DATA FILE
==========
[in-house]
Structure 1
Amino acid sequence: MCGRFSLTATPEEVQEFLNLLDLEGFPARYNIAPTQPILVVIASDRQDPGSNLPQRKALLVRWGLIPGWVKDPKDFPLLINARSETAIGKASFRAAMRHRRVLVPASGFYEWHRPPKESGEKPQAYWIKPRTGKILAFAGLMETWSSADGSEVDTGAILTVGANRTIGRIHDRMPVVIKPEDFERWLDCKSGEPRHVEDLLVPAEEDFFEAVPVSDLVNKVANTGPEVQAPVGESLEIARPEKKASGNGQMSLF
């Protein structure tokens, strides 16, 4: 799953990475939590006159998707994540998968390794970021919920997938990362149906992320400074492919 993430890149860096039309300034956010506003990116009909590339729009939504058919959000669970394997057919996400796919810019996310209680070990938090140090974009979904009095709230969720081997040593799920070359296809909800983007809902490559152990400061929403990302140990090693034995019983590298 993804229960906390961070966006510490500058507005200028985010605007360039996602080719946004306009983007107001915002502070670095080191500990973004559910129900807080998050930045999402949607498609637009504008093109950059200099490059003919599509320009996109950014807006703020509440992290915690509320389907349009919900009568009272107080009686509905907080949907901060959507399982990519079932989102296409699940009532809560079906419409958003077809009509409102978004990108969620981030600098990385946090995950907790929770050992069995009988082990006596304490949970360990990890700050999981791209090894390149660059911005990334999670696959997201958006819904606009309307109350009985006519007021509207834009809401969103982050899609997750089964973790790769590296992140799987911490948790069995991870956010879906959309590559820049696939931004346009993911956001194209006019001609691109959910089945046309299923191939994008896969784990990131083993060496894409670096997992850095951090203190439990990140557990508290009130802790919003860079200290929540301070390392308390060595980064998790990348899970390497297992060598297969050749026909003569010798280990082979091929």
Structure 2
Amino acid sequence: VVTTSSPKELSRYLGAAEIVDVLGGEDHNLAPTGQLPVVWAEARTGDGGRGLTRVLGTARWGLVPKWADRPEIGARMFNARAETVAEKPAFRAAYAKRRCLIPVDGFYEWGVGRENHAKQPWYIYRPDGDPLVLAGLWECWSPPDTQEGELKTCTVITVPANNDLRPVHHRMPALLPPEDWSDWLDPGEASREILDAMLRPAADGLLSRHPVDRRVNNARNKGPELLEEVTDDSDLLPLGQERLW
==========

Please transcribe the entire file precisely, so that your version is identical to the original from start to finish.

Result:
[in-house]
Structure 1
Amino acid sequence: MCGRFSLTATPEEVQEFLNLLDLEGFPARYNIAPTQPILVVIASDRQDPGSNLPQRKALLVRWGLIPGWVKDPKDFPLLINARSETAIGKASFRAAMRHRRVLVPASGFYEWHRPPKESGEKPQAYWIKPRTGKILAFAGLMETWSSADGSEVDTGAILTVGANRTIGRIHDRMPVVIKPEDFERWLDCKSGEPRHVEDLLVPAEEDFFEAVPVSDLVNKVANTGPEVQAPVGESLEIARPEKKASGNGQMSLF
């Protein structure tokens, strides 16, 4: 799953990475939590006159998707994540998968390794970021919920997938990362149906992320400074492919 993430890149860096039309300034956010506003990116009909590339729009939504058919959000669970394997057919996400796919810019996310209680070990938090140090974009979904009095709230969720081997040593799920070359296809909800983007809902490559152990400061929403990302140990090693034995019983590298 993804229960906390961070966006510490500058507005200028985010605007360039996602080719946004306009983007107001915002502070670095080191500990973004559910129900807080998050930045999402949607498609637009504008093109950059200099490059003919599509320009996109950014807006703020509440992290915690509320389907349009919900009568009272107080009686509905907080949907901060959507399982990519079932989102296409699940009532809560079906419409958003077809009509409102978004990108969620981030600098990385946090995950907790929770050992069995009988082990006596304490949970360990990890700050999981791209090894390149660059911005990334999670696959997201958006819904606009309307109350009985006519007021509207834009809401969103982050899609997750089964973790790769590296992140799987911490948790069995991870956010879906959309590559820049696939931004346009993911956001194209006019001609691109959910089945046309299923191939994008896969784990990131083993060496894409670096997992850095951090203190439990990140557990508290009130802790919003860079200290929540301070390392308390060595980064998790990348899970390497297992060598297969050749026909003569010798280990082979091929």
Structure 2
Amino acid sequence: VVTTSSPKELSRYLGAAEIVDVLGGEDHNLAPTGQLPVVWAEARTGDGGRGLTRVLGTARWGLVPKWADRPEIGARMFNARAETVAEKPAFRAAYAKRRCLIPVDGFYEWGVGRENHAKQPWYIYRPDGDPLVLAGLWECWSPPDTQEGELKTCTVITVPANNDLRPVHHRMPALLPPEDWSDWLDPGEASREILDAMLRPAADGLLSRHPVDRRVNNARNKGPELLEEVTDDSDLLPLGQERLW